We had a reader ask about why this whole Russia-Ukraine situation even started. Right now, a lot of people are painting Putin as mad – but let’s take some time to explore Russia’s truth, however valid or invalid you think it is.
NATO is a security alliance created by countries like the US, UK, EU and Canada initially to try and contain the spread of communism when the Soviet Union was around. Now it’s more a group that protects its members and their security than anything else.
Russia has been open about its concerns with NATO’s move eastward. When it started in 1949, the pact only had 12 members. Now it has Poland, Romania and Bulgaria, which used to be a part of the Warsaw Pact, a security alliance dominated by the Soviet Union as a counterweight to NATO. It also includes former parts of the Soviet Union like Estonia and Latvia. This meant the placement of American military weaponry in these states – something hugely unpopular among the Russian public.
It’s important to note, though, NATO doesn’t recruit countries but has an open-door policy that allows nations to apply and get feedback before it’s put to a vote. But, ever since more members from Eastern Europe have been joining, there have been warnings.
Then in 2008, Burns, who was the American ambassador to Moscow, said that he had “… yet to find anyone who views Ukraine in NATO as anything other than a direct challenge to Russian interests.”
The thing is, there were no talks of Ukraine entering NATO any time soon. In fact, some NATO members, like France, had significant objections to Ukraine’s entry into the alliance. And, to join NATO, you need every single member’s consent.
When Putin declared a special military operation against Ukraine, some key parts of his speech that referenced this included:
“I am referring to the expansion of the NATO to the east, moving its military infrastructure closer to Russian borders. It is well known that for 30 years, we have persistently and patiently tried to reach an agreement with the leading NATO countries on the principles of equal and inviolable security in Europe. In response to our proposals, we constantly faced either cynical deception and lies, or attempts to pressure and blackmail, while NATO, despite all our protests and concerns, continued to steadily expand. The war machine is moving and, I repeat, it is coming close to our borders.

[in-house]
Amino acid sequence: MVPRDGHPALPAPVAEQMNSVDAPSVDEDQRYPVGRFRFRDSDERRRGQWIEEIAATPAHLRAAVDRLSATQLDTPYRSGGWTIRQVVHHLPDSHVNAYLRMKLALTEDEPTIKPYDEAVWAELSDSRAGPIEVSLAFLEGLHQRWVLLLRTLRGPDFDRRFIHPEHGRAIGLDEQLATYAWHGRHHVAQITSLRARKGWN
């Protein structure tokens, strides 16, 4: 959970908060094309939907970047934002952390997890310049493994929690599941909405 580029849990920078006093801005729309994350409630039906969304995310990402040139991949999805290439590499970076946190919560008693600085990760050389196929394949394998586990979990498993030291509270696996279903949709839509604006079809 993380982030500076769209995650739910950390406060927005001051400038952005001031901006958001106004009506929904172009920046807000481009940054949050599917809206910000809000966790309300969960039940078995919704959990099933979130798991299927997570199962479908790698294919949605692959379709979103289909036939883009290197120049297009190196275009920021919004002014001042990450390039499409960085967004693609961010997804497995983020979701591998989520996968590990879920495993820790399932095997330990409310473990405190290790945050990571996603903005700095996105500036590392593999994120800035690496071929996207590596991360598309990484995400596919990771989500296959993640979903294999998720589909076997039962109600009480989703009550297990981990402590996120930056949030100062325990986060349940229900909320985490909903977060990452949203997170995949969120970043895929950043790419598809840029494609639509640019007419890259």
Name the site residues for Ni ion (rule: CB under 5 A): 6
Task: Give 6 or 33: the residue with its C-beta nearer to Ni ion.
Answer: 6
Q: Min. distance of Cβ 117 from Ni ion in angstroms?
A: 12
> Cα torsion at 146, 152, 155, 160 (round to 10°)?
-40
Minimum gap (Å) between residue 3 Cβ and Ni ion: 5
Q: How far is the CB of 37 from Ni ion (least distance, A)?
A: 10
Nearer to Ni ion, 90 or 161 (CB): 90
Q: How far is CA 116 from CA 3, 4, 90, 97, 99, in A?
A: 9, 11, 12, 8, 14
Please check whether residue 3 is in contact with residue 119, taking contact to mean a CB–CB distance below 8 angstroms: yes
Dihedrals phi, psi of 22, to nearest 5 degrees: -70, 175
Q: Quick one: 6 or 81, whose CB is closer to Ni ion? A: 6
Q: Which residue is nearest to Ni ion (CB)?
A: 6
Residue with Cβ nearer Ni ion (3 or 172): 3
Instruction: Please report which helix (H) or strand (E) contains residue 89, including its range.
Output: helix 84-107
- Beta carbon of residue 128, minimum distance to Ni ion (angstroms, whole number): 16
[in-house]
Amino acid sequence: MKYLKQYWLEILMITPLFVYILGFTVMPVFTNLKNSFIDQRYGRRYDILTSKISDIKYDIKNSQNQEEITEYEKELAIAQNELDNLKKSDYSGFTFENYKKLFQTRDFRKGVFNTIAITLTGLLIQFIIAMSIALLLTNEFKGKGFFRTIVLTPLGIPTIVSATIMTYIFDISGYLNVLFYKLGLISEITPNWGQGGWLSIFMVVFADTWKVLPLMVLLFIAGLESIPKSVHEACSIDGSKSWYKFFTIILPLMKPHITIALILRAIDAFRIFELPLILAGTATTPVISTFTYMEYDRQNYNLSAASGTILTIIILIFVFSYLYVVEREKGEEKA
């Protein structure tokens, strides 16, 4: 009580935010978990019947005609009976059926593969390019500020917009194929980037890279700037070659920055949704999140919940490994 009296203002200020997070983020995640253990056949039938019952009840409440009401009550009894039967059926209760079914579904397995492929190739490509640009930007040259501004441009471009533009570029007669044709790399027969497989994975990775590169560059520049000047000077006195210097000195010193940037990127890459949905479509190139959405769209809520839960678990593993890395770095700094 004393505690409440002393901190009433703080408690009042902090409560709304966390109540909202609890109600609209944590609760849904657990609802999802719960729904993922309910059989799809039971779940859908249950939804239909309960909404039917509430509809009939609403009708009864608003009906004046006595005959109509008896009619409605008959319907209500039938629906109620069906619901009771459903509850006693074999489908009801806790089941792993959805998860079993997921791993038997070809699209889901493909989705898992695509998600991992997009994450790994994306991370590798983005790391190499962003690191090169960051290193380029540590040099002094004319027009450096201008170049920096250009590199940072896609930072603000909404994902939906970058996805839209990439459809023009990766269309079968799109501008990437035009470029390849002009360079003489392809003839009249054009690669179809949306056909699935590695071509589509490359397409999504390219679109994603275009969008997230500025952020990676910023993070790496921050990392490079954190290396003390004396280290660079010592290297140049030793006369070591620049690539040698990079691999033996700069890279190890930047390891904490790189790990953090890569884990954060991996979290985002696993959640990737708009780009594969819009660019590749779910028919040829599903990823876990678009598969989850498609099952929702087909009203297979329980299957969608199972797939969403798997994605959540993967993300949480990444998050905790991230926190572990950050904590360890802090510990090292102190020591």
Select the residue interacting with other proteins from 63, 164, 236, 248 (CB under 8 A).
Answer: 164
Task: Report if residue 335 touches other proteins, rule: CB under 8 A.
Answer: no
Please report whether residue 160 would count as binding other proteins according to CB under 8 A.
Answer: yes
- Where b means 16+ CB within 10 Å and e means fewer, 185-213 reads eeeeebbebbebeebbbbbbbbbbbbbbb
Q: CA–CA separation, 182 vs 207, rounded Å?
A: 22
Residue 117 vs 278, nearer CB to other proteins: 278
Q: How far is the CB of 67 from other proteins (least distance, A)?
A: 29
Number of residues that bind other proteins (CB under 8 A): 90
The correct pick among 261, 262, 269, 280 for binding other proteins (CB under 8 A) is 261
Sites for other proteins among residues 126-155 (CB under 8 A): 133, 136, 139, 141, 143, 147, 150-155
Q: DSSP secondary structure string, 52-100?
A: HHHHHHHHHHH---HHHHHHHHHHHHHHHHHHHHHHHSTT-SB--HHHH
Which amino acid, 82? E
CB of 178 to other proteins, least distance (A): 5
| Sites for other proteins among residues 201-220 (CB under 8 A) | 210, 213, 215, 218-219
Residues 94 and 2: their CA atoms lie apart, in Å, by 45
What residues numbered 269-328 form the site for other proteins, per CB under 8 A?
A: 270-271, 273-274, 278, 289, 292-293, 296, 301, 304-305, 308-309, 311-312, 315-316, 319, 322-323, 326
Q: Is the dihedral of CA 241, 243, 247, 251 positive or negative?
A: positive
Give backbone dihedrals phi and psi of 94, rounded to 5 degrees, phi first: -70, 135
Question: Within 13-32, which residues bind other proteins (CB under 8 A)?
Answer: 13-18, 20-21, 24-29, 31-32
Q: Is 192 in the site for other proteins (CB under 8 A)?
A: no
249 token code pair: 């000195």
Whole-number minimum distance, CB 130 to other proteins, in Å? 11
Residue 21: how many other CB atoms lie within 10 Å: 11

“As NATO expands to the east, with every passing year, the situation for our country is getting worse and more dangerous. Moreover, in recent days the leadership of NATO has been openly talking about the need to speed up, force the advancement of the alliance’s infrastructure to the borders of Russia. In other words, they are doubling down on their position. We can no longer just watch what is happening. It would be absolutely irresponsible on our part.
“Further expansion of the NATO infrastructure and the beginning of military development in Ukraine’s territories are unacceptable for us. The problem, of course, is not NATO itself – it is only an instrument of US foreign policy. The problem is that in the territories adjacent to us – territories that were historically ours, I emphasise – an “anti-Russia” hostile to us is being created, placed under full external control; [it] is intensively settled by the armed forces of NATO countries and is supplied with the most modern weapons.”
Now NATO has its own truth as well. It has written up a document with all of Russia’s claims and its argument against them.
For example, for Russia’s claim that NATO’s expansion threatens it, the organization has countered:
“Fact: NATO is a defensive alliance. Our purpose is to protect our member states. Every country that joins NATO undertakes to uphold its principles and policies. This includes the commitment that ‘NATO does not seek confrontation and poses no threat to Russia,’ as reaffirmed at the Brussels Summit this year.
NATO enlargement is not directed against Russia. Every sovereign nation has the right to choose its own security arrangements. This is a fundamental principle of European security, one that Russia has also subscribed to and should respect. In fact, after the end of the Cold War, Russia committed to building an inclusive European security architecture, including through the Charter of Paris, the establishment of the OSCE, the creation of the Euro-Atlantic Partnership Council, and the NATO-Russia Founding Act.”
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